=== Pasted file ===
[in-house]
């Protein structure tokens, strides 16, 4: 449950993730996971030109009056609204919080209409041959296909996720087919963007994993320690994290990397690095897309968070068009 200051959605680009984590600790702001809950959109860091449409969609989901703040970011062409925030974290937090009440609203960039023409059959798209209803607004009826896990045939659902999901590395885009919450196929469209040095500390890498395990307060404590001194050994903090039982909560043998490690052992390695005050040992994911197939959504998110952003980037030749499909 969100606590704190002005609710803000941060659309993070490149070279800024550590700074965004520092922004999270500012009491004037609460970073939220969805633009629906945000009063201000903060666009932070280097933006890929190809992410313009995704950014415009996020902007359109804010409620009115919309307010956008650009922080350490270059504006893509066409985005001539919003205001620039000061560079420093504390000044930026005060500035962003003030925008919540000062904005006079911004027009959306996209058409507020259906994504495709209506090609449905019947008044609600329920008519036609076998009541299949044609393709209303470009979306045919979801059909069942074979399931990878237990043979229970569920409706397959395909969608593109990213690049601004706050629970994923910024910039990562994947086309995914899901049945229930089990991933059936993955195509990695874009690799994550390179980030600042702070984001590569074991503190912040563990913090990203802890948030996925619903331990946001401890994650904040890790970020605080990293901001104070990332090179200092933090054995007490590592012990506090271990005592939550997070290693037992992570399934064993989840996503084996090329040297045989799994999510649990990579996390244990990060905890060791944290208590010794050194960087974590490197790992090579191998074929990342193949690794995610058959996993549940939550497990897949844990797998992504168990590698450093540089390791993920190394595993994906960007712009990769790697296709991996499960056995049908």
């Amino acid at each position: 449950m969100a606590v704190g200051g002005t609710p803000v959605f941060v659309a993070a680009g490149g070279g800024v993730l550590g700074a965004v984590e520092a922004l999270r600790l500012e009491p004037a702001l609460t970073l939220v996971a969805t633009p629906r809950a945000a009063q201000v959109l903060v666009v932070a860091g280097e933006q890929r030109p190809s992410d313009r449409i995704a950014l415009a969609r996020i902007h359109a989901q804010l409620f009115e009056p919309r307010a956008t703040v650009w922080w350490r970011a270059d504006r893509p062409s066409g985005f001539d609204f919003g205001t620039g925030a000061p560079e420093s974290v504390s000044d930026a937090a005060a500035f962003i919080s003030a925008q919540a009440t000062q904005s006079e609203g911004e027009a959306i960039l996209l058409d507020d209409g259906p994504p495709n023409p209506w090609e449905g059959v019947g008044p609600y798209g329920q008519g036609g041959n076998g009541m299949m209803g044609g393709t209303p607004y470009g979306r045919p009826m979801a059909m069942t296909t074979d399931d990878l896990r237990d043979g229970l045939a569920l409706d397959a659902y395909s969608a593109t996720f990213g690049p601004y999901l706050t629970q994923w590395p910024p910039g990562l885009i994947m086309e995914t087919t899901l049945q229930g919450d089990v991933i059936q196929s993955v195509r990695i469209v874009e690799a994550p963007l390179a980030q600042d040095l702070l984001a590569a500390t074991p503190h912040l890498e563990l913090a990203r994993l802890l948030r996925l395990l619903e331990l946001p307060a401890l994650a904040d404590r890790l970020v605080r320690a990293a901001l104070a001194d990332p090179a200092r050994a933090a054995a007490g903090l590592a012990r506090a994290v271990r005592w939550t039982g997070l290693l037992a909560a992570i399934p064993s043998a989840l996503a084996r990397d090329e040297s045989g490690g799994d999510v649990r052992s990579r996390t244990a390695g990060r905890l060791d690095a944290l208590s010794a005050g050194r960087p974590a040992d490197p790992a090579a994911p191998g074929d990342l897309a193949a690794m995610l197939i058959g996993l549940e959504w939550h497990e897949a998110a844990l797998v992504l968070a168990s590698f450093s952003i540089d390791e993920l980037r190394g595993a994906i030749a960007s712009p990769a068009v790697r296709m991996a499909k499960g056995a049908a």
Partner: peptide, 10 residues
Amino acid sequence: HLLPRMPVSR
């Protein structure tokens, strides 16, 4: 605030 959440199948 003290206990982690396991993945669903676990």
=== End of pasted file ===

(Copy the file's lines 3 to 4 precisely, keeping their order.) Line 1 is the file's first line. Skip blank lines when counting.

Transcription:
């Amino acid at each position: 449950m969100a606590v704190g200051g002005t609710p803000v959605f941060v659309a993070a680009g490149g070279g800024v993730l550590g700074a965004v984590e520092a922004l999270r600790l500012e009491p004037a702001l609460t970073l939220v996971a969805t633009p629906r809950a945000a009063q201000v959109l903060v666009v932070a860091g280097e933006q890929r030109p190809s992410d313009r449409i995704a950014l415009a969609r996020i902007h359109a989901q804010l409620f009115e009056p919309r307010a956008t703040v650009w922080w350490r970011a270059d504006r893509p062409s066409g985005f001539d609204f919003g205001t620039g925030a000061p560079e420093s974290v504390s000044d930026a937090a005060a500035f962003i919080s003030a925008q919540a009440t000062q904005s006079e609203g911004e027009a959306i960039l996209l058409d507020d209409g259906p994504p495709n023409p209506w090609e449905g059959v019947g008044p609600y798209g329920q008519g036609g041959n076998g009541m299949m209803g044609g393709t209303p607004y470009g979306r045919p009826m979801a059909m069942t296909t074979d399931d990878l896990r237990d043979g229970l045939a569920l409706d397959a659902y395909s969608a593109t996720f990213g690049p601004y999901l706050t629970q994923w590395p910024p910039g990562l885009i994947m086309e995914t087919t899901l049945q229930g919450d089990v991933i059936q196929s993955v195509r990695i469209v874009e690799a994550p963007l390179a980030q600042d040095l702070l984001a590569a500390t074991p503190h912040l890498e563990l913090a990203r994993l802890l948030r996925l395990l619903e331990l946001p307060a401890l994650a904040d404590r890790l970020v605080r320690a990293a901001l104070a001194d990332p090179a200092r050994a933090a054995a007490g903090l590592a012990r506090a994290v271990r005592w939550t039982g997070l290693l037992a909560a992570i399934p064993s043998a989840l996503a084996r990397d090329e040297s045989g490690g799994d999510v649990r052992s990579r996390t244990a390695g990060r905890l060791d690095a944290l208590s010794a005050g050194r960087p974590a040992d490197p790992a090579a994911p191998g074929d990342l897309a193949a690794m995610l197939i058959g996993l549940e959504w939550h497990e897949a998110a844990l797998v992504l968070a168990s590698f450093s952003i540089d390791e993920l980037r190394g595993a994906i030749a960007s712009p990769a068009v790697r296709m991996a499909k499960g056995a049908a």
Partner: peptide, 10 residues